VA Construction Loan | Requirements & Process 2022


Tim Lucas
Military VA Loan editor

You may have heard VA construction loans are hard to find. It’s true that a lot of VA lenders don’t offer them. 

But VA construction loans do exist, and qualified veterans and active duty service members can use them to cover home construction costs. In many cases, borrowers can build their dream homes with no money down. 

That said, the VA construction loan process isn’t for everyone. Many military service members will do better with a simpler VA home purchase loan.

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What is a VA construction loan?

A VA construction allows you to buy land and pay home construction costs with a single loan.

A traditional construction loan is comprised of three loans which cover: 

  1. Land acquisition costs: The first loan buys the land you’ll build on
  2. Home construction costs: The second pays for construction costs in stages as your home build progresses
  3. Permanent loan: The third loan pays off the first two short-term loans and then serves as a long-term home mortgage loan with monthly mortgage payments 

A VA construction loan can provide one, single loan to replace those three separate loans. You could use the loan to buy the land and pay your construction costs in phases as your building contractor makes progress. 

And, once the home is complete, you don’t need a new mortgage because your VA loan is already in place.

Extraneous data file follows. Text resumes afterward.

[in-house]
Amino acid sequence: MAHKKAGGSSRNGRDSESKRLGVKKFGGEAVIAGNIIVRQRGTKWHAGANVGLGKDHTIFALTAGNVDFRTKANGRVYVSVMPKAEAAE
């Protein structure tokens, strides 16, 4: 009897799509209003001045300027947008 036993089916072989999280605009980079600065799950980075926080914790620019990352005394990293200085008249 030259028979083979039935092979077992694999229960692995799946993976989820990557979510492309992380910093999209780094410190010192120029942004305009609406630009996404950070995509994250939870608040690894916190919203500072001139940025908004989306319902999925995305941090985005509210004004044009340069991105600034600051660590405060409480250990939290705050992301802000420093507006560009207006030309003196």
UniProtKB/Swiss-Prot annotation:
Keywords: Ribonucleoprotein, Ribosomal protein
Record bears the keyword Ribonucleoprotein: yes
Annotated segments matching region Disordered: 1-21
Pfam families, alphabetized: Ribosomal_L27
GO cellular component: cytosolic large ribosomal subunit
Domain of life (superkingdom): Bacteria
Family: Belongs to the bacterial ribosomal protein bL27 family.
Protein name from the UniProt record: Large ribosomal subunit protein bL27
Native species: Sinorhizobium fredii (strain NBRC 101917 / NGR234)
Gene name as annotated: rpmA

It’s a great idea. If you can find one.

How to get a VA new construction loan

To use a VA new construction home loan you’ll first need to qualify for the VA home loan program. 

Most active duty, retired, and honorably discharged service members qualify for VA loan benefits. Some National Guard and Reservists qualify, too.

If you’re not sure whether you qualify, check the loan program’s eligibility requirements here before moving on to the steps below. 

Step 1: Find a lender that offers VA construction loans

The U.S. Department of Veterans Affairs does not lend money to home builders or homebuyers. Instead, it authorizes private lenders around the nation to provide VA-insured loans to eligible vets.

Homebuyers can find lots of VA mortgage lenders, but it’s harder to find a lender for a VA construction loan. 

Below is a list we compiled of mortgage companies that advertise offering construction loans.

Editor’s Note: We aren’t affiliated with any of these companies nor have we evaluated them. Do your research before reaching out.

  • AFR Wholesale. American Financial Resources is a “wholesale lender,” which means you can’t borrow from it directly. Instead, you need to find a mortgage company that is willing to use this wholesaler. AFR Wholesale says that it offers 100% financing on construction loans, requires a minimum 620 credit score, and no payments are required during construction.
  • Security America Mortgage. This Texas-based lender says it offers 100% financing and requires no payments during construction.
  • VA Nationwide Home Loans. This is a division of Magnolia Bank. It says it offers 100% financing on these loans, with a minimum credit score of 620, and it funds through the construction phase.

Remember — it’s up to you to check these out.

Step 2: Get your Certificate of Eligibility

To get any new VA loan — including the VA construction loan — you’ll need to show the lender your Certificate of Eligibility from the Department of Veterans Affairs. The COE proves you have earned VA home loan benefits.

You can apply for a COE yourself, or you could ask your loan officer to apply for you. 

Step 3: Get preapproved to find your price range

You could consider the pre-approval process a dress rehearsal for your actual loan application. If you can get pre-approved by a VA-authorized lender, you can likely get approved for the real loan once you’re ready.